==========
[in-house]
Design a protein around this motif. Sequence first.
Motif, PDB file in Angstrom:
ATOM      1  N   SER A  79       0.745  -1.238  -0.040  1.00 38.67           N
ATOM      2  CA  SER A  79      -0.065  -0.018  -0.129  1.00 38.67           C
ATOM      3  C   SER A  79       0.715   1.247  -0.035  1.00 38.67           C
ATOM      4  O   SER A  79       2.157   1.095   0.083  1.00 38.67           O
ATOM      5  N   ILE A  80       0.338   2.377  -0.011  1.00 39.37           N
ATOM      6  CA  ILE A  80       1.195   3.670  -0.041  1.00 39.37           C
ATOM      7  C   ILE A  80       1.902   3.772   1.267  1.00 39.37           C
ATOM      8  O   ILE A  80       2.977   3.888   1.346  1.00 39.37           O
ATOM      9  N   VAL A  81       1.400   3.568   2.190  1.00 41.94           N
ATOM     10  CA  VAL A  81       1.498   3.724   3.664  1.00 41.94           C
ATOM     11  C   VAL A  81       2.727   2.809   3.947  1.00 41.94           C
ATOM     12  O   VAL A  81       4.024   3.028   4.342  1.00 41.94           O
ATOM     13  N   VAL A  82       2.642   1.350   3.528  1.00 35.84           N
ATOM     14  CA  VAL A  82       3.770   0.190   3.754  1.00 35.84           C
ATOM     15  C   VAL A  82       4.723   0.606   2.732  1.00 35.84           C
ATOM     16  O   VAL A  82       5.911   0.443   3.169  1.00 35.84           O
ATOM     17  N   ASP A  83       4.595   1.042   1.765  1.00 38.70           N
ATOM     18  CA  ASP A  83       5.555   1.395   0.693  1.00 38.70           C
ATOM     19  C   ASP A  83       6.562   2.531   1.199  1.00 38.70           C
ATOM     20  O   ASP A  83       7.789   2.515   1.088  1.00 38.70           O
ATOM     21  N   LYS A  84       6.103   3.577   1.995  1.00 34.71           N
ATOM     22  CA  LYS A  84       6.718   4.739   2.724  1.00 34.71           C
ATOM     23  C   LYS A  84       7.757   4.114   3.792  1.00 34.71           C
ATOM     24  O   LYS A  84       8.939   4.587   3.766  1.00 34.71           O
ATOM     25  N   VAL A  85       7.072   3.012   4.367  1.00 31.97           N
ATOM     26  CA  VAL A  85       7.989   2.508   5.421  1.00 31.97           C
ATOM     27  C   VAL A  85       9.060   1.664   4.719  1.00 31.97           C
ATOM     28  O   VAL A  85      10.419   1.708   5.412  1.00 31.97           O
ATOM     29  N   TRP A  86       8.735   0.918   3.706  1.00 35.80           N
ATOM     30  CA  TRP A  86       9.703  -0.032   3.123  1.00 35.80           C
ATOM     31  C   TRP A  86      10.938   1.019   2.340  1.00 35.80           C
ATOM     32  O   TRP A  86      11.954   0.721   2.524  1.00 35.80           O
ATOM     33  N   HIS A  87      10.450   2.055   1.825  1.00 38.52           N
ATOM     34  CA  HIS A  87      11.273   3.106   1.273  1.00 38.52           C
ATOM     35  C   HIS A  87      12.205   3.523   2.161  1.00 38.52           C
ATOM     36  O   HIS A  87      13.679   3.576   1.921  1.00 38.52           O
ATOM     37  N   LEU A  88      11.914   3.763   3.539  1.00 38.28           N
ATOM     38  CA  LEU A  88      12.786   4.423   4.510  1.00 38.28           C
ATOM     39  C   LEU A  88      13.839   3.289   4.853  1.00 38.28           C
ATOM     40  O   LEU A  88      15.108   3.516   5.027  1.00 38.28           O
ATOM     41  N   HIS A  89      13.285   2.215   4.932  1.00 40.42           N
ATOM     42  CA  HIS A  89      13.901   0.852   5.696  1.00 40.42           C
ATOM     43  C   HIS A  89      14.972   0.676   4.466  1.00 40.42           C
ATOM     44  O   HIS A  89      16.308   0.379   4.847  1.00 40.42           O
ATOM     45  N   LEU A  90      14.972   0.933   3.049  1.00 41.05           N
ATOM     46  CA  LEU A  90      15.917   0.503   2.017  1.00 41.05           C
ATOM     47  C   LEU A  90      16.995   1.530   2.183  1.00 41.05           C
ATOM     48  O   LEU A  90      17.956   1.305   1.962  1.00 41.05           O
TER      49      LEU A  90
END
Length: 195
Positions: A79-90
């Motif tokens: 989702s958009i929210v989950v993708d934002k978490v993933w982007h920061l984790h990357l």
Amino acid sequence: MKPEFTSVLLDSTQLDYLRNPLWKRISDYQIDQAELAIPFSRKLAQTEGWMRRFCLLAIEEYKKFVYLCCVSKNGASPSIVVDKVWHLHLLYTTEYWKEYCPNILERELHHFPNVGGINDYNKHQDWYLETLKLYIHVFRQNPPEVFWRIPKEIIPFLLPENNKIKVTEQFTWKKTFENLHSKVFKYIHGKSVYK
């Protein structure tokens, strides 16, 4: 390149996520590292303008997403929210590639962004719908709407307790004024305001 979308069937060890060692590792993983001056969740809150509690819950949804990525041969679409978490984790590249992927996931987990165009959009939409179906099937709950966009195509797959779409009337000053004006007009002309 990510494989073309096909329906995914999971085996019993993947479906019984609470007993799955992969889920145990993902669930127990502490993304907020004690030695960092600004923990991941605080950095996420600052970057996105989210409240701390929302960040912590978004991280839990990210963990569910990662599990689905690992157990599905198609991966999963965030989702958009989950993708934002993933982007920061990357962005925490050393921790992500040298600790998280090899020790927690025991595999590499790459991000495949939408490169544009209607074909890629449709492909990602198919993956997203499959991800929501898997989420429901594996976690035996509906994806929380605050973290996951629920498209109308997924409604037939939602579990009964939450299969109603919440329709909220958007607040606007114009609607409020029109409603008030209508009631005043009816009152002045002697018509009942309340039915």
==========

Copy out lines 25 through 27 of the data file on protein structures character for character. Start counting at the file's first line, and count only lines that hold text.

ATOM     22  CA  LYS A  84       6.718   4.739   2.724  1.00 34.71           C
ATOM     23  C   LYS A  84       7.757   4.114   3.792  1.00 34.71           C
ATOM     24  O   LYS A  84       8.939   4.587   3.766  1.00 34.71           O